Dave King, left, Linda King, right, son and daughter of Frank King, wearing 1988 Calgary Olympic jackets react to the results of a plebiscite on whether the city should proceed with a bid for the 2026 Winter Olympics, in Calgary, Alta., Tuesday, Nov. 13, 2018.THE CANADIAN PRESS/Jeff McIntosh

Olympic and Paralympic committees disappointed, but respectful of Calgary’s vote

The majority of voters said ‘no’ to a potential Calgary bid for the 2026 Winter Olympics and Paralympic Games.

Gripped by disappointment after Calgary’s 2026 plans were seemingly snuffed after a plebiscite, Canadian Olympic Committee president Tricia Smith remains hopeful that the country will still host the Games in the future.

“Sport in a positive sense really brings a country together,” Smith said Wednesday morning. “I think it’s just a part of us, our humanity. So I suspect we will see another bid from Canada.”

Smith took a red-eye flight back to Toronto after trying to drum up support in Calgary on Tuesday. However, a majority of voters said ‘no’ to a potential Calgary bid for the 2026 Winter Olympics and Paralympic Games with 56.4 per cent of those who went to the polls casting a dissenting vote.

“This was an opportunity for Calgary to really sort of lead the way and show how it could be done, but we have to respect the process and respect the result of the vote,” Smith told The Canadian Press.

Read more: Calgarians vote ‘no’ to bidding for 2026 Winter Games, in plebiscite

The group representing Canada’s Paralympic athletes also said it was disappointed, but respected the decision.

CPC president Marc-Andre Fabien said a home Games would have “united the nation” and energized people across the country. In a statement, he said he’s pleased “the people of Calgary had the opportunity to share their voice.”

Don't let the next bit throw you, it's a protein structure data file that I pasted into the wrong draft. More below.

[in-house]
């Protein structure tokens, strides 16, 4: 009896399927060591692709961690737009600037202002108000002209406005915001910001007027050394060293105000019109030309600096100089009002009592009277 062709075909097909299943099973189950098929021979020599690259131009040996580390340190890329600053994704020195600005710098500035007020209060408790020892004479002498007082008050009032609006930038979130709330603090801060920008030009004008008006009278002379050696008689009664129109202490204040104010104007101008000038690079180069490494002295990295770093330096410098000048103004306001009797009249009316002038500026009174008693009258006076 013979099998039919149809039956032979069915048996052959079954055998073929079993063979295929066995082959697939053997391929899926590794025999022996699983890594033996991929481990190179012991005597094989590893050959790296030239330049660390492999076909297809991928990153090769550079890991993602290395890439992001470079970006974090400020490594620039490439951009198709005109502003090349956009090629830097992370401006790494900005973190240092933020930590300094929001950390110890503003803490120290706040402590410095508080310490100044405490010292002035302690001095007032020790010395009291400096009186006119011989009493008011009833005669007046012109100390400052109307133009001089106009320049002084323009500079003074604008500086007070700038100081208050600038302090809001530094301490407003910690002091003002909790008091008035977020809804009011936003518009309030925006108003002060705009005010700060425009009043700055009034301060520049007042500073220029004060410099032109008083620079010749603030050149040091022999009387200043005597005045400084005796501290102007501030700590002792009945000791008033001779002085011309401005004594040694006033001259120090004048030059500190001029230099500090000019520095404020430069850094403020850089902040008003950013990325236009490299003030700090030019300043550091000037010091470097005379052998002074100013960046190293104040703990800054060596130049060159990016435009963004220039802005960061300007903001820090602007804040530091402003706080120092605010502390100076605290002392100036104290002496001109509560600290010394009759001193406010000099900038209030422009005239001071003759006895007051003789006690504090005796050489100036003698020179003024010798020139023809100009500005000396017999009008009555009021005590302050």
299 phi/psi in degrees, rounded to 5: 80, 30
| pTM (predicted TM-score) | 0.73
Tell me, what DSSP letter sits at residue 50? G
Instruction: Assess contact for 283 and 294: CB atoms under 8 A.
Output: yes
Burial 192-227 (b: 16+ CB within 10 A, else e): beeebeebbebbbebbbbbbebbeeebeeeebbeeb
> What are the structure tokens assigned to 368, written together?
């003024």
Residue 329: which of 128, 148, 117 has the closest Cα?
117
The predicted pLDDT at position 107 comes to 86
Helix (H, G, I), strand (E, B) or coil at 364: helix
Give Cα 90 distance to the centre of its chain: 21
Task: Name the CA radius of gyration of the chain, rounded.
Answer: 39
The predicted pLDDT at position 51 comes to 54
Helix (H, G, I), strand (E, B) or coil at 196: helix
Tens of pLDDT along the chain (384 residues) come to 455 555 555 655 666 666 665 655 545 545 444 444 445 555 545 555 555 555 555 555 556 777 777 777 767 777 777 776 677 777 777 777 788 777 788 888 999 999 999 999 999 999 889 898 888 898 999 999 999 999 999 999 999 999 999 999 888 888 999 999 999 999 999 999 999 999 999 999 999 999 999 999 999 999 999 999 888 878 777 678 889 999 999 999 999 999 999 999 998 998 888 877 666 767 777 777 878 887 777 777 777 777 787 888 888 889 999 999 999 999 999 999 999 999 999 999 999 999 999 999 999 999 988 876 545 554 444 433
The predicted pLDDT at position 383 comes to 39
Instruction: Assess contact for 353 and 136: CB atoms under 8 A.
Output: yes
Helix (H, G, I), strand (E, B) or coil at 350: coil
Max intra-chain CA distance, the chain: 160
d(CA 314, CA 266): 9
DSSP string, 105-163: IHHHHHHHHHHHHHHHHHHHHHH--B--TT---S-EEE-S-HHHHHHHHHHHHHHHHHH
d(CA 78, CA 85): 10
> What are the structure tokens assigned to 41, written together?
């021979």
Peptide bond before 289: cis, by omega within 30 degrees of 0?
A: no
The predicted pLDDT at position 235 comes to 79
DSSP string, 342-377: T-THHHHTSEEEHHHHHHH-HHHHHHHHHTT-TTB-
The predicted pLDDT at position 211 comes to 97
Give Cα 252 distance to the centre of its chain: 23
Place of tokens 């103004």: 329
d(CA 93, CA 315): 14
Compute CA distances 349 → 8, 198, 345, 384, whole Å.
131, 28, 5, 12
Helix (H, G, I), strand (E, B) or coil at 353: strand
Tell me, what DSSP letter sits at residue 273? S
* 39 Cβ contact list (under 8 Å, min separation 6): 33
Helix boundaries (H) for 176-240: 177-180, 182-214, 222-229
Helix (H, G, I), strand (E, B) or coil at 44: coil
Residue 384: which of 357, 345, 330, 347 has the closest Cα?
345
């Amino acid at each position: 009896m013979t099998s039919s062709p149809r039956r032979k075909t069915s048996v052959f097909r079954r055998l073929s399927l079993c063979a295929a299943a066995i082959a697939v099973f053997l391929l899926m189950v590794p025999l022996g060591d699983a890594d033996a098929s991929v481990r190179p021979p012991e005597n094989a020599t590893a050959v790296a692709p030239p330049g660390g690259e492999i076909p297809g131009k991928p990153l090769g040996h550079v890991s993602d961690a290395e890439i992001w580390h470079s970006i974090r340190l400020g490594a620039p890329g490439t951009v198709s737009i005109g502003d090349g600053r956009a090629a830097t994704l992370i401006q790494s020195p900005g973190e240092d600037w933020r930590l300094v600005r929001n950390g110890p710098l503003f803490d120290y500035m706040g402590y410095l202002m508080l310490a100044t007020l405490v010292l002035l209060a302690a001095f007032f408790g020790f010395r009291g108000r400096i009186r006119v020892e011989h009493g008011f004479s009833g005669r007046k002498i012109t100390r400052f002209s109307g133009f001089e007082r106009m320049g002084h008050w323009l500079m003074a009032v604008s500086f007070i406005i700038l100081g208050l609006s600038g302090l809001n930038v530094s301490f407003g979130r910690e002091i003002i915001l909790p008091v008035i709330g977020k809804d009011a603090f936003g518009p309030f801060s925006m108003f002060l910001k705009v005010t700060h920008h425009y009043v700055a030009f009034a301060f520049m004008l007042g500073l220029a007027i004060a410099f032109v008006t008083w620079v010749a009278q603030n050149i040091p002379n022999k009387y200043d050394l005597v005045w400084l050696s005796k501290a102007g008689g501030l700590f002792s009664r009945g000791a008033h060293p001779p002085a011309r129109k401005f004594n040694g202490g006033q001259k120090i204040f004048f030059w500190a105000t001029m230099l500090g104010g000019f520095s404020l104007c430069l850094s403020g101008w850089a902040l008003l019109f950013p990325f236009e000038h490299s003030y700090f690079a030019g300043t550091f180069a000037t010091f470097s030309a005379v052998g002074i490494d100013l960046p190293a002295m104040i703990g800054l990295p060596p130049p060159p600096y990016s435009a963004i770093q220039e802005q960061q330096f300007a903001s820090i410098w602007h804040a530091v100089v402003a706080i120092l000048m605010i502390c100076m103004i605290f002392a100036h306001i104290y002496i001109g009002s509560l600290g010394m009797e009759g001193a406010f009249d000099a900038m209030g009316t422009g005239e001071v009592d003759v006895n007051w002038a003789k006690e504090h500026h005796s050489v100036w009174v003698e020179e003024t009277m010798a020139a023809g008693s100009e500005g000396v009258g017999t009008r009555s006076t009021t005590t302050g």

Citizens were asked in the non-binding plebiscite if they wanted to host a Winter Games again. Out of 767,734 eligible voters, 304,774 voted and 171,750 said ‘no.’

City council has the final say on whether Calgary proceeds with a bid years after the city hosted the 1988 Winter Olympics.

The results won’t be declared official until Friday, with council expected to address the results Monday.

Smith spent time Tuesday talking to Olympic athletes and encouraging Calgarians to vote.

“I have to say that 98 per cent of the people I spoke with were very positive about the bid and said they were on their way to vote,” she said. “So I think the momentum had changed. It was a matter of getting information out there. I think there’s a lot of people in Calgary that still see the varied benefits of the Games.

“What I heard a few people say is, ‘Well maybe it’s not the time for us right now, we’ve got a lot of issues right now that maybe we should be dealing with first.’”

Read more: The cost of Calgary hosting the 2026 Winter Games

Vancouver hosted the Winter Olympics in 2010.

“I’m from Vancouver and I lived through that Games and was part of that process,” she said. “It was just so positive for the country and it really changed us a nation. Certainly even just building off the ‘88 legacy, the athletes in 2010 just put us on the map in terms of being one of the top winter sport nations.

“I think it made a big difference to the way we see ourselves as a nation.”

The International Olympic Committee invited Calgary, Stockholm and a joint Italian bid from Milan and Cortina d’Ampezzo to be candidate cities for 2026.

The IOC will accept bids in early January and the election of the host city is set to be finalized in June.

Pyeongchang, South Korea served as host of the 2018 Winter Games. Beijing will host in 2022.

— Lauren Krugel contributed to this story.

Gregory Strong, The Canadian Press

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